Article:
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In mathematics, a slope field (or direction field) is a graphical representation of the solutions of a first-order differential equation. It is achieved without solving the differential equation analytically, and thence it is useful. The representation may be used to qualitatively visualise solutions, or to numerically approximate them.
## Definition

## General application

With computers, complicated slope fields can be quickly made without tedium, and so an only recently practical application is to use them merely to get the feel for what a solution should be before an explicit general solution is sought. Of course, computers can also just solve for one, if it exists.## Examples

## See also

## External links

## References

Blanchard, Paul; Devaney, Robert L.; and Hall, Glen R. (2002). Differential Equations (2nd ed.). Brooks/Cole: Thompson Learning. ISBN 0-534-38514-1

Given a system of differential equations,

- $frac\{du\}\{dt\}=f(t,u,...y,z)$

- $cdots$

- $frac\{dy\}\{dt\}=j(t,u,...y,z)$

- $frac\{dz\}\{dt\}=k(t,u,...y,z)$

- $begin\{pmatrix\}\; 1\; f(t,u,...y,z)\; cdots\; j(t,u,...y,z)\; k(t,u,...y,z)\; end\{pmatrix\}$.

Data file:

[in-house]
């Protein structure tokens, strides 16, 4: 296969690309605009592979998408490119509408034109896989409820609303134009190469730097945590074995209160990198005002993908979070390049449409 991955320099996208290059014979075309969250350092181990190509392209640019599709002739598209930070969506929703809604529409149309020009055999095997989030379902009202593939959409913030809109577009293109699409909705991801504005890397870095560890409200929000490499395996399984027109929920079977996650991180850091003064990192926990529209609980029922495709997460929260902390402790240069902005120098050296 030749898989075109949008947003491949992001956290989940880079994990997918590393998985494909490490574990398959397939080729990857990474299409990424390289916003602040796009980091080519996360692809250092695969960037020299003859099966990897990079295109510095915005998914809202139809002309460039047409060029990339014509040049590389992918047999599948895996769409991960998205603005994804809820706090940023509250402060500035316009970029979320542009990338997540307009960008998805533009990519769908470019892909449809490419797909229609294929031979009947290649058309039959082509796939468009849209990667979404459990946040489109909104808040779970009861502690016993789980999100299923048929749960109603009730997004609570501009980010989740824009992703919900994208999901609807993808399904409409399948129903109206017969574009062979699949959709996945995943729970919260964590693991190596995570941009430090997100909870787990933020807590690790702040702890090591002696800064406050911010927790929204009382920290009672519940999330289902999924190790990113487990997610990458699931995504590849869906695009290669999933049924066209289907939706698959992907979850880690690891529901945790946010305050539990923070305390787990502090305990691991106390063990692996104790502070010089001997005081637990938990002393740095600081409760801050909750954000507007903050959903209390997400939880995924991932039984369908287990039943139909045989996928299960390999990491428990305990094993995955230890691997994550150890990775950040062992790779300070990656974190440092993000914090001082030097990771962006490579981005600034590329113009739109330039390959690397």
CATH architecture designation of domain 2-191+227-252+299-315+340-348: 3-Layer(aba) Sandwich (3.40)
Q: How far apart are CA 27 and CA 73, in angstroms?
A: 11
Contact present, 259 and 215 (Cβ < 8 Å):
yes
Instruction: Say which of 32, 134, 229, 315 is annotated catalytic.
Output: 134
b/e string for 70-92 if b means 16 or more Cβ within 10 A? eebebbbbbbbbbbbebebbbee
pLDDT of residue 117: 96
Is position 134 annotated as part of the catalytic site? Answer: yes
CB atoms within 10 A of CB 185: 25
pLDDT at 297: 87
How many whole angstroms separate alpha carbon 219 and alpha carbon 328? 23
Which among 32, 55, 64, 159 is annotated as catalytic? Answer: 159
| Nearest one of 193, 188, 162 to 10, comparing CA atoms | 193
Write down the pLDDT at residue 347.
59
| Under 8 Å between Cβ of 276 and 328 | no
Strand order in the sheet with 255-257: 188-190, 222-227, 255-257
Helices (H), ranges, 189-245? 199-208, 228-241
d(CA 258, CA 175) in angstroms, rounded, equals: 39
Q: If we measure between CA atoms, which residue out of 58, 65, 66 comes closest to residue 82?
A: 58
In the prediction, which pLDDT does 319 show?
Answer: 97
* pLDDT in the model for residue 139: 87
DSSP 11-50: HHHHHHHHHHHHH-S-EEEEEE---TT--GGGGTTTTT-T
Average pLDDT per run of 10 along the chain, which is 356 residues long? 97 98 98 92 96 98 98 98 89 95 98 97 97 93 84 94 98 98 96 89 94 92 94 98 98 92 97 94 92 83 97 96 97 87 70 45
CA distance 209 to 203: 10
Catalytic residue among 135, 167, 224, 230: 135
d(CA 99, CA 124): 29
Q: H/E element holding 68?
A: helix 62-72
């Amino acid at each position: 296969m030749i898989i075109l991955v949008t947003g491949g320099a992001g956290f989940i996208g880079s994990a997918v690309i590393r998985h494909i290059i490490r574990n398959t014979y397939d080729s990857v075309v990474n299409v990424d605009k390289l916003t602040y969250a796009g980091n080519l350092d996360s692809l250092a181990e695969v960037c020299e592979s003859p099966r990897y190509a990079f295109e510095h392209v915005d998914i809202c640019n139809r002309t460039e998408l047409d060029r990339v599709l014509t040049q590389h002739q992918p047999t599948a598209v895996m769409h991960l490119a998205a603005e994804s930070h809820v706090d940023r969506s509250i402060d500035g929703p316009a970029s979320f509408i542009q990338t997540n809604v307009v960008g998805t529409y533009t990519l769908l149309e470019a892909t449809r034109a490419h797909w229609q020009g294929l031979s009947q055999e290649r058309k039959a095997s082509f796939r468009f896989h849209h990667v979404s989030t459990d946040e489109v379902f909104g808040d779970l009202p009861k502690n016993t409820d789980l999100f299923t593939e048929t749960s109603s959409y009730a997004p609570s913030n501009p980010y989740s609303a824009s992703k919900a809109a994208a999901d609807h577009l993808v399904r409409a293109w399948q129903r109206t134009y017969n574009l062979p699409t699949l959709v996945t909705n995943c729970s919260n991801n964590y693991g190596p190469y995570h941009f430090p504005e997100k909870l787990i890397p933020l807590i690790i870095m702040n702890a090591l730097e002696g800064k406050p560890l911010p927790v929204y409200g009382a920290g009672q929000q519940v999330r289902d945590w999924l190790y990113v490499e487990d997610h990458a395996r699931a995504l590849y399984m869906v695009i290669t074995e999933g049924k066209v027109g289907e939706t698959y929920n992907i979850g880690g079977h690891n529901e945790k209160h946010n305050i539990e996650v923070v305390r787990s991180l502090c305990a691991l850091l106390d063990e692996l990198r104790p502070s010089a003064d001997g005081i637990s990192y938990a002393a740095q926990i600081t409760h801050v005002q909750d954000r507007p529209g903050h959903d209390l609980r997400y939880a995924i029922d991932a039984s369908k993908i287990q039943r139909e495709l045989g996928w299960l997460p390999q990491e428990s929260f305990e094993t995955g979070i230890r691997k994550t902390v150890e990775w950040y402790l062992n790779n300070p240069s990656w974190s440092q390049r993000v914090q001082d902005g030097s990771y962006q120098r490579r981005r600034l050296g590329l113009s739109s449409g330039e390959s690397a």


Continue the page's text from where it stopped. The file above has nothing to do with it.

If there is no explicit general solution, computers can use slope fields (even if they aren’t shown) to numerically find graphical solutions. Examples of such routines are Euler's method, or better, the Runge-Kutta methods.

- Examples of differential equations
- Differential equations of mathematical physics
- Differential equations from outside physics
- Laplace transform applied to differential equations
- List of dynamical systems and differential equations topics

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Last updated on Sunday October 05, 2008 at 19:59:18 PDT (GMT -0700)

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This article is licensed under the GNU Free Documentation License.

Last updated on Sunday October 05, 2008 at 19:59:18 PDT (GMT -0700)

View this article at Wikipedia.org - Edit this article at Wikipedia.org - Donate to the Wikimedia Foundation

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